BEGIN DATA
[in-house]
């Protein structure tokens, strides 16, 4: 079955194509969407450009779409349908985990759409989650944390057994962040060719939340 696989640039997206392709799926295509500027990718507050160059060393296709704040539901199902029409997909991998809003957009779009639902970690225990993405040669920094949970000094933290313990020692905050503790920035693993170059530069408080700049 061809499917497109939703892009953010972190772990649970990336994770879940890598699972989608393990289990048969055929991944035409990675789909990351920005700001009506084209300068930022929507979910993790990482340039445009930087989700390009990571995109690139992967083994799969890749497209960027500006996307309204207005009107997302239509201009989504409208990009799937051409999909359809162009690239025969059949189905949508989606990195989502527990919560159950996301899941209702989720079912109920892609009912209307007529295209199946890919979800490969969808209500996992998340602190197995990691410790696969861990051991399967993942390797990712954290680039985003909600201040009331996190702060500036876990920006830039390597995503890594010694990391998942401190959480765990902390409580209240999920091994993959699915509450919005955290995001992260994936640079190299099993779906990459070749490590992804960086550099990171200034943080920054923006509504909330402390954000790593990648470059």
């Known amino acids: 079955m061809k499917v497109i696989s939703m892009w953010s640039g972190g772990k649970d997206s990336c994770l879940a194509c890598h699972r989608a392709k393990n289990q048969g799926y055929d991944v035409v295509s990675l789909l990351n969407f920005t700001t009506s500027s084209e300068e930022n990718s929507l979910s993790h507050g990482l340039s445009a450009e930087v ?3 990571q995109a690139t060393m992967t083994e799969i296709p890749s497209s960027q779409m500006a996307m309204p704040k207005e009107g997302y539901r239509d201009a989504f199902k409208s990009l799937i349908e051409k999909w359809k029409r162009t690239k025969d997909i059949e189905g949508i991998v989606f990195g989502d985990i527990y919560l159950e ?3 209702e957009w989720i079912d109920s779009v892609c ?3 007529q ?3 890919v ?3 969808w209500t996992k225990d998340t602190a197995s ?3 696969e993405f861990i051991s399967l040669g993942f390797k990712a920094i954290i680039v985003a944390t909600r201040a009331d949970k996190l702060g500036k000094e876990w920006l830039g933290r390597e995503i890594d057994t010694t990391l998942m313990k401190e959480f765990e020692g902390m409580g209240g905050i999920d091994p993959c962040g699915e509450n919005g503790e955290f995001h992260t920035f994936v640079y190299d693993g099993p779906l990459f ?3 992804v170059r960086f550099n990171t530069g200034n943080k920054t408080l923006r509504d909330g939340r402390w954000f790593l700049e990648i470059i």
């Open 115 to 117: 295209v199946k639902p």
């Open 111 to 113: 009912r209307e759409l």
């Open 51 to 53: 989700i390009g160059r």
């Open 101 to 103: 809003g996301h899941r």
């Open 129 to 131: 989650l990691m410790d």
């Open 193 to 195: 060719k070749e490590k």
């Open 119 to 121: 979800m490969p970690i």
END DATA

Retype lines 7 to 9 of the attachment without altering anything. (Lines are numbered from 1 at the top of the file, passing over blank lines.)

């Open 101 to 103: 809003g996301h899941r």
């Open 129 to 131: 989650l990691m410790d």
């Open 193 to 195: 060719k070749e490590k």